Darlene Storm

Denying domestic spying & dossiers on Americans: Does NSA Chief play word games?

August 13, 2012 2:42 PM EDT

Before any more time passes since Def Con 20, let’s look at facts that came to light when the ACLU presented “Bigger Monster, Weaker Chains: The NSA and the Constitution." During the panel discussion, William Binney, former technical director at the NSA, claimed that NSA Chief General Keith Alexander was deceptive during the keynote and was playing word games. So let’s look at a few tidbits from Alexander’s keynote first.

During the write up about day one of Def Con, I mentioned thousands of attendees were unable to get in to hear Alexander speak about “Shared Values, Shared Responsibility.” The NSA was just one of many federal agencies at Def Con trying to recruit hackers for Uncle Sam. The NSA had set up a recruitment website for Def Con hackers and Gen Alexander, wearing a jeans and a t-shirt that ironically sported the EFF logo on the sleeve, called Def Con the "world's best cybersecurity community." He added, “Sometimes you guys get a bad rep. From my perspective, what you guys are doing to figure out vulnerabilities in systems is absolutely needed.”

Def Con founder Dark Tangent, aka Jeff Moss now with the Homeland Security Advisory Council, asked Alexander, "So does the NSA really keep a file on everyone, and if so, how can I see mine?" Alexander replied, "No, we don't. Absolutely not. Anybody who tells you we're keeping files or dossiers on the American people knows that's not true.”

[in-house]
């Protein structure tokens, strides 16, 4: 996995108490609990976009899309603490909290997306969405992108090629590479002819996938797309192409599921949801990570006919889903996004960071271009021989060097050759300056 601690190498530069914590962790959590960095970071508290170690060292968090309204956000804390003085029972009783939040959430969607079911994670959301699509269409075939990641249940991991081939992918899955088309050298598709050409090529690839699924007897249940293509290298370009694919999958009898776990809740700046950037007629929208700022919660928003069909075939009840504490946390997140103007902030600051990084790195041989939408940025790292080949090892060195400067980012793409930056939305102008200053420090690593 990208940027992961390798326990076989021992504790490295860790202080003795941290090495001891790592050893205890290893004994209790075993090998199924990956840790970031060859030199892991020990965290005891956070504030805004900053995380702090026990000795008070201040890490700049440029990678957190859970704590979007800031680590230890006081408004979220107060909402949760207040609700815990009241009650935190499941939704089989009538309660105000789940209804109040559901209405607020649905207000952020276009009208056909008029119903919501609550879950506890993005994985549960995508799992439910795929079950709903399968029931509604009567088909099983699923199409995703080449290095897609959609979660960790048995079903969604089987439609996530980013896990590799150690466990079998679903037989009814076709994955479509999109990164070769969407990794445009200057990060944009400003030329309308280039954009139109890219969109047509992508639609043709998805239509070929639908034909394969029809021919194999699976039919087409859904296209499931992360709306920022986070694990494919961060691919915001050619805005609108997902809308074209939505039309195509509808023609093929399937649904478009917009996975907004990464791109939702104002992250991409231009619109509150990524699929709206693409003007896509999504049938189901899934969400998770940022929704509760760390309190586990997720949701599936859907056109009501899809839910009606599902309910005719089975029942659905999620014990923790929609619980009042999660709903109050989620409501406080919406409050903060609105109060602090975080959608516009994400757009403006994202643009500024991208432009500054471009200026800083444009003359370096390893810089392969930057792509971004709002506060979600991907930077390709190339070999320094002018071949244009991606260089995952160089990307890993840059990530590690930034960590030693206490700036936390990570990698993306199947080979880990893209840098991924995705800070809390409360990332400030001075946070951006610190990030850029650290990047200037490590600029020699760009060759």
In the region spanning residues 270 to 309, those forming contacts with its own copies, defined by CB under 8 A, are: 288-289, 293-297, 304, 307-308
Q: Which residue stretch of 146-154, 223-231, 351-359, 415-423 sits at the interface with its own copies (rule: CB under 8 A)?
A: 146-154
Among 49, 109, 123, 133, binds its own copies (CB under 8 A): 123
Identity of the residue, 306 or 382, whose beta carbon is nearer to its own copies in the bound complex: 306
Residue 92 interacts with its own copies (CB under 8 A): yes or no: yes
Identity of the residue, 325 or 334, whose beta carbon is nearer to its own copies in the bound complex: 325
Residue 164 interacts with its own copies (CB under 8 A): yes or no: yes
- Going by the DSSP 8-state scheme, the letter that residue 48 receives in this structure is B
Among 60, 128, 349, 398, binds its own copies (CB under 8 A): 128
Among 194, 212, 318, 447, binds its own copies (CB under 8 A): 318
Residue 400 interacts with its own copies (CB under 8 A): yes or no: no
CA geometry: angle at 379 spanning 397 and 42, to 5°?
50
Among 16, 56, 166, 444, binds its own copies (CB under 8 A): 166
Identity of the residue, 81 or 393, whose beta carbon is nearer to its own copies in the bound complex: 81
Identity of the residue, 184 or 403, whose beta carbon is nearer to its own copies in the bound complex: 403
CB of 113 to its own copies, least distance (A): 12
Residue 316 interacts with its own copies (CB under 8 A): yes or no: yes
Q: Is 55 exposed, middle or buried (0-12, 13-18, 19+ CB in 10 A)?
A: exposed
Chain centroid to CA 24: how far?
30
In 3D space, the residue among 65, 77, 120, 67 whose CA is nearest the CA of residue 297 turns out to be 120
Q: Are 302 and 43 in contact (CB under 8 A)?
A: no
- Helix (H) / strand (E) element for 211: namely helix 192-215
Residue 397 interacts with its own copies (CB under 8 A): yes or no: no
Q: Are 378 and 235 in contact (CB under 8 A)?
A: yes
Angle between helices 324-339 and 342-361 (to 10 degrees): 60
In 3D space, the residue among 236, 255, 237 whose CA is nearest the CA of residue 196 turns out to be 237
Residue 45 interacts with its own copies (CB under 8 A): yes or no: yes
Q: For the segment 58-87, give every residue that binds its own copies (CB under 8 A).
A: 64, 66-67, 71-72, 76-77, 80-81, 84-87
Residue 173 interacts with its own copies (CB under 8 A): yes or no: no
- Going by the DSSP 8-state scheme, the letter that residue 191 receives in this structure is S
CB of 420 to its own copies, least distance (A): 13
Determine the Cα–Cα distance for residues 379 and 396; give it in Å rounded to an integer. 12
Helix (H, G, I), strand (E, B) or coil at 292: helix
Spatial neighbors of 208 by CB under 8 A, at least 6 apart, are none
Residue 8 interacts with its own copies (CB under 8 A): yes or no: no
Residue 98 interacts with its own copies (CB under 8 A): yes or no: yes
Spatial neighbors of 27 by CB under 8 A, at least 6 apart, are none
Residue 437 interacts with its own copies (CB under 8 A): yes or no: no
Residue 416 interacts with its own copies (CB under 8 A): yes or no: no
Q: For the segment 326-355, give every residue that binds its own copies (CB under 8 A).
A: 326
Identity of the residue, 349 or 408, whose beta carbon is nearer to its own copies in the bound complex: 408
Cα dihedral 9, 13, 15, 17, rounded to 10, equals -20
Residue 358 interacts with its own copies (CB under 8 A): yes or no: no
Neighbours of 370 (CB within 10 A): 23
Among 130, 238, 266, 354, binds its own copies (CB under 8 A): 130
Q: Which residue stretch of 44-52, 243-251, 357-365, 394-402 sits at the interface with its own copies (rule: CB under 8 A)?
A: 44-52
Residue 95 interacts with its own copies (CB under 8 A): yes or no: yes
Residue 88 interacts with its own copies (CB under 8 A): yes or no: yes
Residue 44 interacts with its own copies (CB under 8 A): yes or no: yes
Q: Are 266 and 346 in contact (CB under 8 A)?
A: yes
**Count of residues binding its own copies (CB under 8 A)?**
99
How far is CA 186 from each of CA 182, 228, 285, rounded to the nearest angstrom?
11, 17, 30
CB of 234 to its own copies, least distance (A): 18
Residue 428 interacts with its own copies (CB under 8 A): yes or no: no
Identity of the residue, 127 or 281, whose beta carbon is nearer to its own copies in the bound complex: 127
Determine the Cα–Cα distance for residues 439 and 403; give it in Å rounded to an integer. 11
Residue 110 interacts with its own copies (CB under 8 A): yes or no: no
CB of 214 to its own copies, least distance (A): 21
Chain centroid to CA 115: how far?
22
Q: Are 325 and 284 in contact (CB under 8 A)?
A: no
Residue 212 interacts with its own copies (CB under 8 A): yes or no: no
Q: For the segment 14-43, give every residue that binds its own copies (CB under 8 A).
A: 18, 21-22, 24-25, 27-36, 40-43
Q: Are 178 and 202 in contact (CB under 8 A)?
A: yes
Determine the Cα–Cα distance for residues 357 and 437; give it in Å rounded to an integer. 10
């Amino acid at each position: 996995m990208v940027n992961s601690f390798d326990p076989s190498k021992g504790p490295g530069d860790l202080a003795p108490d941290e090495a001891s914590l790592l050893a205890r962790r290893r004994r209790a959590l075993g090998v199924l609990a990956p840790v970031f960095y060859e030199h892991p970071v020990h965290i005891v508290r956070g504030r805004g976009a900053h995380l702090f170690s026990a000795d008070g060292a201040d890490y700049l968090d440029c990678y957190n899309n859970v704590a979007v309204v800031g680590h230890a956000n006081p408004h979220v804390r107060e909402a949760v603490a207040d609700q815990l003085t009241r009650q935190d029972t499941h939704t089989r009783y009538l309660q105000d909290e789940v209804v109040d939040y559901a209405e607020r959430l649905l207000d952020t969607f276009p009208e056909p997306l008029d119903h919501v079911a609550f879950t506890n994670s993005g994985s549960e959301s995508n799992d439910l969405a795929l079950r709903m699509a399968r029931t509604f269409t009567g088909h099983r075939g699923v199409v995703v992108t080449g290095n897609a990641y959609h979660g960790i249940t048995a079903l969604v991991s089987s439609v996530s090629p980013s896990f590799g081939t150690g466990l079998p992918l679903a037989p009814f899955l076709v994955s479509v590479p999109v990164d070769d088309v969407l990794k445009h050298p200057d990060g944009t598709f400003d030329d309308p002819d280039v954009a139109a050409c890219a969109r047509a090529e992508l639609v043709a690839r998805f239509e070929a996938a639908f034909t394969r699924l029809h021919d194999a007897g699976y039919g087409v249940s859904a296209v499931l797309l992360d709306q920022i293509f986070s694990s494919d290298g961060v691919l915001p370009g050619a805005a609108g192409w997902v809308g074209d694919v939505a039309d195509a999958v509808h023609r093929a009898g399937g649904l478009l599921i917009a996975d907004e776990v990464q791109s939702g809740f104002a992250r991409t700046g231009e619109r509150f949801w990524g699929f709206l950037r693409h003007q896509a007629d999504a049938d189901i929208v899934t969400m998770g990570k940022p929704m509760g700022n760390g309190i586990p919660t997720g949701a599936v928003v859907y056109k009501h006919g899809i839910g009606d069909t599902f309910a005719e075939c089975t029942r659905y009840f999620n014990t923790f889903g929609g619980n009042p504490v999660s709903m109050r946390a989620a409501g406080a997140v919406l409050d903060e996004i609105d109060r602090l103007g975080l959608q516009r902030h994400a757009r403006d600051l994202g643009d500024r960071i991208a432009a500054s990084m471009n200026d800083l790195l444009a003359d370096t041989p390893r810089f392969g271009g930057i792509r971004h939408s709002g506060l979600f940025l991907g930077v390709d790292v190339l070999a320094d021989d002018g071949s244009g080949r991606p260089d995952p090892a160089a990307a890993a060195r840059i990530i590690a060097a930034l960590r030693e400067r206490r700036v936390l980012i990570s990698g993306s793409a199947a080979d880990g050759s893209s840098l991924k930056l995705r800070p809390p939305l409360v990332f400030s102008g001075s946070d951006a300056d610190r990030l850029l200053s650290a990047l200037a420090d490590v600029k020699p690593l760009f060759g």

Let’s stop and rewind for a minute back to March. After NSA expert James Bamford claimed NSA software secretly examines “every email, phone call and tweet as they zip by,” it spurred a congressional hearing to determine if such domestic spying were true. Gen Alexander denied such NSA total information awareness spying on Americans. In fact, he answered “no” fourteen times during the congressional probe.

Fast forward to the Hope 9 conference where NSA whistleblower William Binney said the NSA has dossiers on nearly every U.S. citizen. Binney’s revelations to journalist Geoff Shively and Livestreamer Tim Pool included, “Domestically, they're pulling together all the data about virtually every U.S. citizen in the country and assembling that information, building communities that you have relationships with, and knowledge about you; what your activities are; what you're doing."

Alexander’s keynote did mention collecting data, but not on Americans. He said “the NSA is authorized ‘to collect foreign targets — think of terrorists — outside the United States’.” The FISA Amendment Act “allows us to use some of our infrastructure to do that. We may, incidentally, in targeting a bad guy, hit on somebody from a good guy.”  Alexander added, "Our job is foreign intelligence. We get oversight by Congress."